its been known in this part of the world that Perrier water helps with food related stomachache,  gas …. ETC but after so much effort researching the matter which i had to do giving a request by a very very special someone this is all i found on Perrier

Perrier is carbonated bottled mineral water from a spring in Southern France called Les Bouillens. Local doctor Louis Perrier bought the spring in 1898 to use as a spa, and he began to bottle the water for sale also. The spring is naturally carbonated, but carbonic gas is also added to the water in the bottling process. Perrier was bought by Nestle in 1992.

Perrier became an intrinsic part of an active, healthy American lifestyle in the late 1970’s. Thanks to the marketing efforts of Nestlé Waters North America Inc., social drinkers started ordering Perrier instead of a cocktail or soft drink. The brand’s popularity grew as a refreshing, all-natural, calorie-free alternative beverage.

Imported in the U.S. since the turn of the century, Perrier was first bottled in Vergeze, in the south of France, in 1863. Perrier continues to be bottled at the original source in Vergeze. In April 1985, Perrier with A Twist of natural lemon, lime, or orange flavor (all calorie-free) was introduced in the U.S. These well-liked flavor varieties helped revolutionize natural beverage refreshment.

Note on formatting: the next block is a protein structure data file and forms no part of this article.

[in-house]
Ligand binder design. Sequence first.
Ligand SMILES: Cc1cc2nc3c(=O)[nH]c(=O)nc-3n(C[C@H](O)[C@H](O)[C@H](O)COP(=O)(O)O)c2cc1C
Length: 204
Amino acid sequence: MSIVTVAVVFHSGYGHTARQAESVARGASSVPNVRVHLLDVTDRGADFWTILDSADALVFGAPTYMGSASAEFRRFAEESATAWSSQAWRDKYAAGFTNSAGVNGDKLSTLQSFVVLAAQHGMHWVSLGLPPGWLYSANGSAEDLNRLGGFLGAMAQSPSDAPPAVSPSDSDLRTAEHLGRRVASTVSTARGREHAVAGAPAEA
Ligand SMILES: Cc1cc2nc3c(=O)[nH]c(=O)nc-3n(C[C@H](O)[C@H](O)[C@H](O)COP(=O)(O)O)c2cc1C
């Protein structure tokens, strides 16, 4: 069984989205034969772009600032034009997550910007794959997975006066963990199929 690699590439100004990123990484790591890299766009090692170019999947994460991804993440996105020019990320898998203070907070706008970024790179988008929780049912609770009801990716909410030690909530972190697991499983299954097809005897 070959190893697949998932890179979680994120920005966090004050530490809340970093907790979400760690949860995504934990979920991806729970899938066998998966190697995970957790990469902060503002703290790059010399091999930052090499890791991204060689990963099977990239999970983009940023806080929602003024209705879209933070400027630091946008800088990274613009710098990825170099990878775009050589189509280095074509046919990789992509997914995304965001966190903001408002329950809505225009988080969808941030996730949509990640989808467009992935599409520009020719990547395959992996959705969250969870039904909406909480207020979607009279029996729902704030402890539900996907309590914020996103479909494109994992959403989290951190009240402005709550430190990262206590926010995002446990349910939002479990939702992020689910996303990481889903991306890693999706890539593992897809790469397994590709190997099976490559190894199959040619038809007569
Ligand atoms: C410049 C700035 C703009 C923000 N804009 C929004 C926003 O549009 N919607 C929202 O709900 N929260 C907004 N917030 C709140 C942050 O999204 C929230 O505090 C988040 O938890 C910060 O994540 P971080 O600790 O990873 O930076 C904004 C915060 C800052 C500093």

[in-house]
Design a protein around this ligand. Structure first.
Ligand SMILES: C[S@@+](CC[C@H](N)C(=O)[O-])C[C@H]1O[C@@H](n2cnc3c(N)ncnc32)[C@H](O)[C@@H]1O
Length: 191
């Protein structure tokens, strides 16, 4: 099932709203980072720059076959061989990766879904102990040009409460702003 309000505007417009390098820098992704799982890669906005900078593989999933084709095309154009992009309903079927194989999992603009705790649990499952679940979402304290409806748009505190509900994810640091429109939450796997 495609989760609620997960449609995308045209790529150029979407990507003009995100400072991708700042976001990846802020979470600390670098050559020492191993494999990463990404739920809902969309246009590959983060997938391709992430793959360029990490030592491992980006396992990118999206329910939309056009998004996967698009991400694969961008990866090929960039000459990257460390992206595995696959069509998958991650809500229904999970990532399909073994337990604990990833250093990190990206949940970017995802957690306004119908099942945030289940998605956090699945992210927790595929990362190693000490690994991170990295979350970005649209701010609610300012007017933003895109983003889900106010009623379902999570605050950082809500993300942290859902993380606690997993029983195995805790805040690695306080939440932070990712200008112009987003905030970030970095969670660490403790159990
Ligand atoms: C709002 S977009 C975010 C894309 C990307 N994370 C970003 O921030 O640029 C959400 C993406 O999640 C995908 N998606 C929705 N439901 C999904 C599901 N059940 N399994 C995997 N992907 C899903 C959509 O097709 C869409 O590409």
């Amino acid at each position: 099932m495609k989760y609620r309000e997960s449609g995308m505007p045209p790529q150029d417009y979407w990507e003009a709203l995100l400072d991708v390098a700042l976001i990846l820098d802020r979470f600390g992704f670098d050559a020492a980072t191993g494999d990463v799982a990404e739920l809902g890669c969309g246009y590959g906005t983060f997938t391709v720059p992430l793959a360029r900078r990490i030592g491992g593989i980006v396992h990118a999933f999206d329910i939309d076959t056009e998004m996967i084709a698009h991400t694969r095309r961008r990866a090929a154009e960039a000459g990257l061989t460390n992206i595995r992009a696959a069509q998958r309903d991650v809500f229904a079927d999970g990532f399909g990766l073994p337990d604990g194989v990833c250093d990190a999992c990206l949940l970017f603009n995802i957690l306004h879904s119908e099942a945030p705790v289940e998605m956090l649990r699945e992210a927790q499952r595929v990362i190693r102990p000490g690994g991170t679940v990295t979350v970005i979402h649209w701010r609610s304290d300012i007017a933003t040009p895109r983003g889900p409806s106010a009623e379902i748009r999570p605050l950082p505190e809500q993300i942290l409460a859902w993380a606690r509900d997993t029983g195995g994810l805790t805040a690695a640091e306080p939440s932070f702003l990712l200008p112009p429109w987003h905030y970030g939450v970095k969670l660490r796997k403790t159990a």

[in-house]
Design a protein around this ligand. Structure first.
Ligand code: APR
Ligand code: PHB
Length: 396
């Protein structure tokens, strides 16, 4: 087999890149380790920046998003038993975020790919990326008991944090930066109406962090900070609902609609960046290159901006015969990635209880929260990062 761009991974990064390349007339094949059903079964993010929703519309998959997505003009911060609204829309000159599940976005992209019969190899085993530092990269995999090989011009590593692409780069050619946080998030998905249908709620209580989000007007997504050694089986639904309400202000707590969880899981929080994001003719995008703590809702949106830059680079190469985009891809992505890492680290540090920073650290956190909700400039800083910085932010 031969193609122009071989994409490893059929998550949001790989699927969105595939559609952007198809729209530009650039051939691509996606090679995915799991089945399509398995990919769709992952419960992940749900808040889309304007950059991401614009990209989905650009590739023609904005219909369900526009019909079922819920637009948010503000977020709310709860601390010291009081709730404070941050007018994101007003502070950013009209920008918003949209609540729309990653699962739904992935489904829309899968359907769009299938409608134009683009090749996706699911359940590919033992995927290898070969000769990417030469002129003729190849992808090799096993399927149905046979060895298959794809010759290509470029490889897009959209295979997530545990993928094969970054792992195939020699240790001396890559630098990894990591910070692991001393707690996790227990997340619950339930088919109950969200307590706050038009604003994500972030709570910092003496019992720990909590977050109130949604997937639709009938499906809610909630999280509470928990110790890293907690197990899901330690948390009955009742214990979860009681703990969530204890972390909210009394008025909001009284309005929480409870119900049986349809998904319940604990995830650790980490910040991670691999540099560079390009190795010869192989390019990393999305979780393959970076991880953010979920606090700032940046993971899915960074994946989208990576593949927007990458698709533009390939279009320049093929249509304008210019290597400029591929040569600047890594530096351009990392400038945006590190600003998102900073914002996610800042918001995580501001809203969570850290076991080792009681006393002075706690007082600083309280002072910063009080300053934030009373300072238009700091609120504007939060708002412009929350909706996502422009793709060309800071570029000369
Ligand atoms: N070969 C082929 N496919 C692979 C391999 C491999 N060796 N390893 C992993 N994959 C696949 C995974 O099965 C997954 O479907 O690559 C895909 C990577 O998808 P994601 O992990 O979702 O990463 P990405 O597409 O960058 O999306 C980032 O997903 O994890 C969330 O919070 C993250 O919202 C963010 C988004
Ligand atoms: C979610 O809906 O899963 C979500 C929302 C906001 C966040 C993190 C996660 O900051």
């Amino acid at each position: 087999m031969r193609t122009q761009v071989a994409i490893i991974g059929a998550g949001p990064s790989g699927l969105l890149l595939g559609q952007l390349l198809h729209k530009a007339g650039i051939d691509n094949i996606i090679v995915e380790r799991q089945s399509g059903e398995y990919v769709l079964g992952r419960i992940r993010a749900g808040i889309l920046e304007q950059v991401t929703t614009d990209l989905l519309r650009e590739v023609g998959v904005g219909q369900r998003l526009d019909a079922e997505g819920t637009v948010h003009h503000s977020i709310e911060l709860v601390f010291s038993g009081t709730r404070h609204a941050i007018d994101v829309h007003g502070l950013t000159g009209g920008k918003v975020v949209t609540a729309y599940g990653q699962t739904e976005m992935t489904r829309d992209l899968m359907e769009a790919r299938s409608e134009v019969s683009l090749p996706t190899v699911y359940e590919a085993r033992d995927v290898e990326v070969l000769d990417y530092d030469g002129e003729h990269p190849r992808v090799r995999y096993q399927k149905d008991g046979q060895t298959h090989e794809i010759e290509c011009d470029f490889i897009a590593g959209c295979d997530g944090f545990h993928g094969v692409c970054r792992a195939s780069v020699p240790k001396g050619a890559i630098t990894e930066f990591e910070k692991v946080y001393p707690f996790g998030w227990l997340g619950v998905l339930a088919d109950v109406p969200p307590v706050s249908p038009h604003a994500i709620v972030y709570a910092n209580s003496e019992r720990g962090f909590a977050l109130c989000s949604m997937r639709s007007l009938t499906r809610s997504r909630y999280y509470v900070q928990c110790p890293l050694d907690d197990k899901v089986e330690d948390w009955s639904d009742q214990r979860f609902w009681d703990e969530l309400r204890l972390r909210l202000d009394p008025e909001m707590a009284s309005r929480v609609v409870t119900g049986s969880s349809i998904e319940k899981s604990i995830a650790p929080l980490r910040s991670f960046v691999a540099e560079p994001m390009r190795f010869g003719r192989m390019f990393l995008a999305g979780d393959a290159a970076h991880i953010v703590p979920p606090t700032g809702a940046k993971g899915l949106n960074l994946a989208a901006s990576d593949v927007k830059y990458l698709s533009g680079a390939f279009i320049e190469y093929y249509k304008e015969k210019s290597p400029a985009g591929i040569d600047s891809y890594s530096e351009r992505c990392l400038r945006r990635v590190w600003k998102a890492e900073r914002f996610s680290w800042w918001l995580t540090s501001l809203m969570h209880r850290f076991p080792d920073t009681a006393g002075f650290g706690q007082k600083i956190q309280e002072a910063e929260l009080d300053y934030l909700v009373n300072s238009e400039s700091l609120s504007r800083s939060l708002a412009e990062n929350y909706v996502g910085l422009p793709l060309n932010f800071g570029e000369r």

Perrier Description:

Balance  Bold
Minerality Low
Orientation Acidic
Hardness Very Hard
Carbonation N

Perrier Analysis:

Temp. at source: 60°F (15.6°C)

475 TDS
5.46 ph factor
147.3 Calcium
21.5 Chloride
0.12 Fluordine
390 Hydrogeniccarbonate
3.4 Magnesium
4.3 Nitrate
0.6 Potassium
9 Sodium
33 Sulphates
milligrams per liter (mg/l)

For more details see: Minerals and Mineral Water & Sparkling Water

Myths About Carbonated Water

I came across various myths regarding carbonated water, but I also found many studies to dismiss them.


No, it doesn’t. According to most studies fizzy water doesn’t leech calcium from the bones.


Due to its’ increased acidity level, it was thought that carbonated water might deteriorate our teeth. Although most fizzy drinks might erode the tooth enamel, this isn’t the case of mineral water, because it doesn’t contain any flavoring agent which is the cause of the acid.

Some researchers also tried soaking human teeth in still and carbonated water to see if any of these represent a threat, but neither was harmful.


Some claim that carbon dioxide (CO2) can cause hiccups, aggravate irritable bowel syndrome and dilute stomach acid that will prevent correct digestion. Although in the case of irritable bowel syndrome (IBS) it is advised to avoid carbonated beverages, there is no proven harmful effect on digestion and hiccups or stomach acids.

Some even say that fizzy water relieves the upset stomach. It is true, that carbon dioxide can affect people with reflux problems, but apart from flatulence and burps it doesn’t have any harmful effect.

However if you have a sensitive stomach and CO2 can cause bloating, for the sake of a flat stomach you might want to reduce it. Although there are a lot of myths concerning the side effects of drinking fizzy water, it has the same effect as still water; it hydrates you, avoiding dry skin, wrinkles and constipation.

out of a personal experience i can tell you this it helps me get rid of that feeling i get after eating allot and thats enough for me